11:00AM Update: A Tsunami Advisory is now in effect for three states. Oregon joins California and Alaska under the advisory. A Tsunami Warning continues for Hawaii and Mexico. The first waves are scheduled to hit
Cabo San Lucas at 11:30AM (Chicago time)
Hawaii at 3:19PM (Chicago time)
A devastating 8.8 magnitude earthquake struck Chile early Saturday morning, prompting a Tsunami Warning for Hawaii. In addition, a lower grade Tsunami Advisory has been issued for California and portions of southern Alaska.
At 10:15AM, bouys and sea level readings confirm a Tsunami has been generated.
In the central Chile coastal town of Talcahuano, a Tsunami wave was measured at 7.7 feet.
Follow the sea level readings in Baja California in real time from the Coastal Tsunami Observatory in El Sauzal, Baja California, Mexico
The snow continues to pile up from what some are describing as a “Winter Hurricane”. Over 50″ of snow has now fallen in the hardest hit areas of New York and Vermont.
For many the problem is not the snow, but the damage left behind from hurricane force winds that peaked anywhere from 60mph to 91mph yesterday. Over 250,000 electric customers remain without power this morning in the southern part of New Hampshire alone, prompting N.H. Gov. John Lynch to declare a state of emergency.
Here are some of the staggering snowfall reports from across that part of the country:
53.0″ Potter Howell, NY
52.0″ Woodford, VT
51.0″ Slide Mountain, NY
20.9″ New York City-Central Park
Below: The view this morning from our WeatherBug camera overlooking Manhattan and snow covered trees in Central Park.
Below: Saturday morning skiers taking advantage of the fresh snow at Sunday River Ski Resort in Newry, ME
A massive and still powerful storm has dropped over 50″ of snow on portions of the Northeastern United States. This same storm brought Chicago a little snow overnight. For the very latest on the storm follow the link below to the WGN Severe Weather Blog
The extraodinary East Coast “Winter Hurricane” continues to slowly weaken as it spins over New England this morning, This storm is so large, its western edge rotated into the Chicago area overnight producing up to an inch of snow. Lake effect snow across portions of northwest Indiana puffed up snowfall totals there to two and one-half inches.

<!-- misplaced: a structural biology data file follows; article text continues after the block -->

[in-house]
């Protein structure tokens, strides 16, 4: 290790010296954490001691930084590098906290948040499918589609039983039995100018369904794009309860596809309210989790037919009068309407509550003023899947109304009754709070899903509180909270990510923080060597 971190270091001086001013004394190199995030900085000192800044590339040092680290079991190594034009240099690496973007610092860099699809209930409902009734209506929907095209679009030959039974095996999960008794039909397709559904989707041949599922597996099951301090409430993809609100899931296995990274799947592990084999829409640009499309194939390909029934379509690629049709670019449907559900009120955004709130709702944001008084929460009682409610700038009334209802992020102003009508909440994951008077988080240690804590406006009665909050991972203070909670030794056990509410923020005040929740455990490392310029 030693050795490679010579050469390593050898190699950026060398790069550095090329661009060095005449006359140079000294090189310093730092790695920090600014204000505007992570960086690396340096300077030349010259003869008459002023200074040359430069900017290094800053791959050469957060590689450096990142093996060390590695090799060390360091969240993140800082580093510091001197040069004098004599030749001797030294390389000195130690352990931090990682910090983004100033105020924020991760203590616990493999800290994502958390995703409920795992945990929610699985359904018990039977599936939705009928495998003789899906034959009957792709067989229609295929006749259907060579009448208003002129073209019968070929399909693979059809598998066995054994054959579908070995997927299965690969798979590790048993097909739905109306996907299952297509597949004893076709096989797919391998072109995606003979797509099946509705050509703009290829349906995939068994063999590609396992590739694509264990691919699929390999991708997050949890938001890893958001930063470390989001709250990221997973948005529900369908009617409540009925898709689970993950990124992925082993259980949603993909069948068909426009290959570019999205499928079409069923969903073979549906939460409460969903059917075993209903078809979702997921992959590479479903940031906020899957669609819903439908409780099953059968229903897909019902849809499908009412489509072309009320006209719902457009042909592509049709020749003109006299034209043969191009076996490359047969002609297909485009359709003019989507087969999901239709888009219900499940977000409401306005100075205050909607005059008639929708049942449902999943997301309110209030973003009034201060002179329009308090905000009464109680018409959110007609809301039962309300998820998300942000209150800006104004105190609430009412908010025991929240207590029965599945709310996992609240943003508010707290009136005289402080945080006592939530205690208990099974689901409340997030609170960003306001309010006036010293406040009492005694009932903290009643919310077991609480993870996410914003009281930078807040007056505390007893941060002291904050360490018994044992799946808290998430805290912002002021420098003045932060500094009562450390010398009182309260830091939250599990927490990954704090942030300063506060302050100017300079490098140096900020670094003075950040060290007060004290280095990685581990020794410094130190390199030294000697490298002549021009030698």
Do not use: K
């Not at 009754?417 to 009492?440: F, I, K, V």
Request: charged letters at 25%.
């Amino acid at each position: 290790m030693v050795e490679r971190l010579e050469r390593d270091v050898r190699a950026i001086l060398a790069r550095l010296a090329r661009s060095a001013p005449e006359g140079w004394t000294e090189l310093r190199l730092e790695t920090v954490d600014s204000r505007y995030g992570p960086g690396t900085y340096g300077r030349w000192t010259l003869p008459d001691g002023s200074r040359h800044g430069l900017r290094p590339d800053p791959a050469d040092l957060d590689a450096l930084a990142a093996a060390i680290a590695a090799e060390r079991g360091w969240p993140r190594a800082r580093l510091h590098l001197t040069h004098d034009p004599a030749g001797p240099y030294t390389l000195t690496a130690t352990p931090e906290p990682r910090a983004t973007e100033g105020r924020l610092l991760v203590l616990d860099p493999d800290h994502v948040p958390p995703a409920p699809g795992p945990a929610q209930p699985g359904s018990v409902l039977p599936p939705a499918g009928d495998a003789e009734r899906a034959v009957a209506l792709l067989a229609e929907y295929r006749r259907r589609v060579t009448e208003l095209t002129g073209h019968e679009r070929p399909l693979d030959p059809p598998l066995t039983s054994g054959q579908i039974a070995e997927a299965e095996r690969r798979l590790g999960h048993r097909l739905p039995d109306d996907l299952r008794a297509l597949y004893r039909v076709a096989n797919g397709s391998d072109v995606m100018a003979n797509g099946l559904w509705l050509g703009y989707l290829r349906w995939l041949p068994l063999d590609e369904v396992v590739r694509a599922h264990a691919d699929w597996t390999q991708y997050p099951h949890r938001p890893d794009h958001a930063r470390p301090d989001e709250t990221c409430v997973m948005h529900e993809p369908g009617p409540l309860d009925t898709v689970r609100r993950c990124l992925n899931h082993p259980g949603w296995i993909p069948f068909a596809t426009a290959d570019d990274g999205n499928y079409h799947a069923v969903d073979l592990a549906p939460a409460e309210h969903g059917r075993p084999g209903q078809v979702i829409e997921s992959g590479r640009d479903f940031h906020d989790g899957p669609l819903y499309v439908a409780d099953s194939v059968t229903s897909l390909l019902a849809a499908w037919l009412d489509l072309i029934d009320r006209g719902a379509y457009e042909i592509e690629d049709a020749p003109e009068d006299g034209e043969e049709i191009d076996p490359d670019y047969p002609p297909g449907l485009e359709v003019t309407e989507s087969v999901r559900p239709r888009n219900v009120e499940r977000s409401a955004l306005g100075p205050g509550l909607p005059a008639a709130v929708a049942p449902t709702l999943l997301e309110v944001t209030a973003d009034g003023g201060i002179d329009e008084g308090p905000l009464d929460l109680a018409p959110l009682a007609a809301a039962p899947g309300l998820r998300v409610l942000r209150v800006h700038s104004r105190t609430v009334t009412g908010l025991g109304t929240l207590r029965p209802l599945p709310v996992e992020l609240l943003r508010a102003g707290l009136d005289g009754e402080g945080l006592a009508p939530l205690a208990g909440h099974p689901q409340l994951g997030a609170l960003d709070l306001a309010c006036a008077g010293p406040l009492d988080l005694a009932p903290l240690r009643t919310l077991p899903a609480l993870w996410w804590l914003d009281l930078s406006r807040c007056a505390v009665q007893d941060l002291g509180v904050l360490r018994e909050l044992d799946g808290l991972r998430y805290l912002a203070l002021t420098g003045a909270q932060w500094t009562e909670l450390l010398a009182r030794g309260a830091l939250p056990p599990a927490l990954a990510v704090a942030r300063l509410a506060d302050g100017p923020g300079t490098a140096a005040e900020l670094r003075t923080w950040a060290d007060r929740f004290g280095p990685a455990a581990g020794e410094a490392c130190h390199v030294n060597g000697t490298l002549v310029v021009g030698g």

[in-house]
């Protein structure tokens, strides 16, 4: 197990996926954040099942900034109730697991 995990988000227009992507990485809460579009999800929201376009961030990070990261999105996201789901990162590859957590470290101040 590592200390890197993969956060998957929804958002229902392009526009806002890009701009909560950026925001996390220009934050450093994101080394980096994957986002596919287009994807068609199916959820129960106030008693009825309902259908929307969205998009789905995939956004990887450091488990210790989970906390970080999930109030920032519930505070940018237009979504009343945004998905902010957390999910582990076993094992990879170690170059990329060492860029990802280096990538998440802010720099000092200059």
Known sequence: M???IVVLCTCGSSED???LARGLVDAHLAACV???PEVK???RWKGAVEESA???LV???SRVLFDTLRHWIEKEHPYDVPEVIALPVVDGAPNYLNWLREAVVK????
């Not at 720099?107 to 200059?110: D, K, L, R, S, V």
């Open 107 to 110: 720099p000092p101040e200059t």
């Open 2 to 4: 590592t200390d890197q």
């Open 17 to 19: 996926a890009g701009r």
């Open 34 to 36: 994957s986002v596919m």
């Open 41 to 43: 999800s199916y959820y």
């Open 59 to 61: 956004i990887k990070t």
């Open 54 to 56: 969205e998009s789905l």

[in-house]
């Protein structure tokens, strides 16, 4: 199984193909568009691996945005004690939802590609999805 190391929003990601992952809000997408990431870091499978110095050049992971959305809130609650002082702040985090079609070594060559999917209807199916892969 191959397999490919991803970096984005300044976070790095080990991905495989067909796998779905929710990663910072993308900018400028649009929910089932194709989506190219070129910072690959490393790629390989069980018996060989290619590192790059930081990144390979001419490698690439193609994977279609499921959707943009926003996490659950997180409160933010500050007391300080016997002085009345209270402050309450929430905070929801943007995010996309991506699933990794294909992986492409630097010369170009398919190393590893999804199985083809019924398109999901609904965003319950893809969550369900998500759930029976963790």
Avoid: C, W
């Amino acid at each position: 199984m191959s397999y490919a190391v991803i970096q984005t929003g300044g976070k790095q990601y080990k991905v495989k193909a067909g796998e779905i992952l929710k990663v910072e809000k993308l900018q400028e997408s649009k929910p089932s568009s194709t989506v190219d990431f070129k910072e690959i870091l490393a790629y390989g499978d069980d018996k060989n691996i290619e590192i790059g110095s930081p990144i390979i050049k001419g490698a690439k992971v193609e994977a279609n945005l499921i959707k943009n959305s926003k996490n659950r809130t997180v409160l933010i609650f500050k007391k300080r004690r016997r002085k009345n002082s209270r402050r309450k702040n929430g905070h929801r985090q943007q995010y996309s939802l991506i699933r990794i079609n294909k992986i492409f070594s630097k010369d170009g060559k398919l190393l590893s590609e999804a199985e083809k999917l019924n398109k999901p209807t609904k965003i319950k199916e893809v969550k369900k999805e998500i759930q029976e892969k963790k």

Here is a sampling of reports from across the Chicago region
2.4″ Valparaiso, IN
1.7″ Porter, IN
1.5″ La Porte, IN
0.5″ Crown Point, IN
0.4″ Oak Park
Above: A cloudy, snow covered Lincoln Park in Chicago as viewed from Latin School near North Ave.
It’s a first for New Yorkers. Nothing like the parade of megasnows which have lambasted the Big Apple in February has happened before. The latest storm, one of three which have hit the region in just the past month, roared into the city late Wednesday on 30 to 40 mph winds and generated 33 hours of uninterrupted, often heavy snowfall. When the snow finally broke late Friday, New York had been smothered by 21 inches of snow while just across the Hudson River in New Brunswick, N.J., the tally hit an astounding 37 inches. Sparta in northwest New Jersey came in a close second recording 33″ of snow. To the northwest in the Catskill Mountain community of Woodridge in southeast New York, an off-the-charts 46.9″ of snow had occurred. In effect, more than a season’s worth of snow had fallen with a single storm over a day and a half’s time. New York City’s Central Park February tally of 37″ made it the city’s single snowiest month ever. The total eclipsed the previous single-month record of 30.5″ set in March 1896. Snow records in New York City extend back to 1869.
Storm winds hit 90 mph on New England Coast; 125 mph on New Hampshire’s Mt. Washington
Friday’s storm was devastating across sections of the mid-Atlantic and Northeast. Nearly a million homes and businesses in a multi-state region extending from New Jersey and Pennsylvania north across New England were without electricity, including 40% of the homes in New Hampshire alone. The huge storm slowed to a crawl Wednesday and Thursday as it became ensnared in an atmospheric blocking pattern. The “block” was produced by a pool of mild air to the north, which generated a stubborn high pressure system which impeded its forward motion. The system was forced to spin in place, sweeping vast quantities of moisture into the region. In the hardest-hit locations of coastal New England, that led to 8″ of wind-driven rain which arrived on gusts as high as 90 mph at Portsmouth, N.H. Mt. Washington clocked 125 mph winds. As the moist air swept westward into cold air, gargantuan 3 to 4 foot snows resulted.
Long cloudy spell to accompany Chicago’s February to March transition
The storm’s circulation transported snow westward into Ohio, Michigan and Indiana late Friday where 1 to 4 accumulations were reported. The westbound snow reached Chicago late Friday evening. A dusting to a half inch was expected Friday night into Saturday morning. The Atlantic moisture driving the snowfall is to hold here into next week and promises to shroud the final weekend of February in clouds with spits of snow and pockets of milder air aloft contributing to the chance of patchy drizzle.
The book on February 2010′s weather closes at midnight Sunday night. The month managed a peak temperature no higher than 42 degrees — making it the first February in 31 years unable to produce a maximum reading that low. By comparison, a 61-degree high was logged last February.
Check out pictures from the storm in this blog posting.
– WGN-TV Weather Center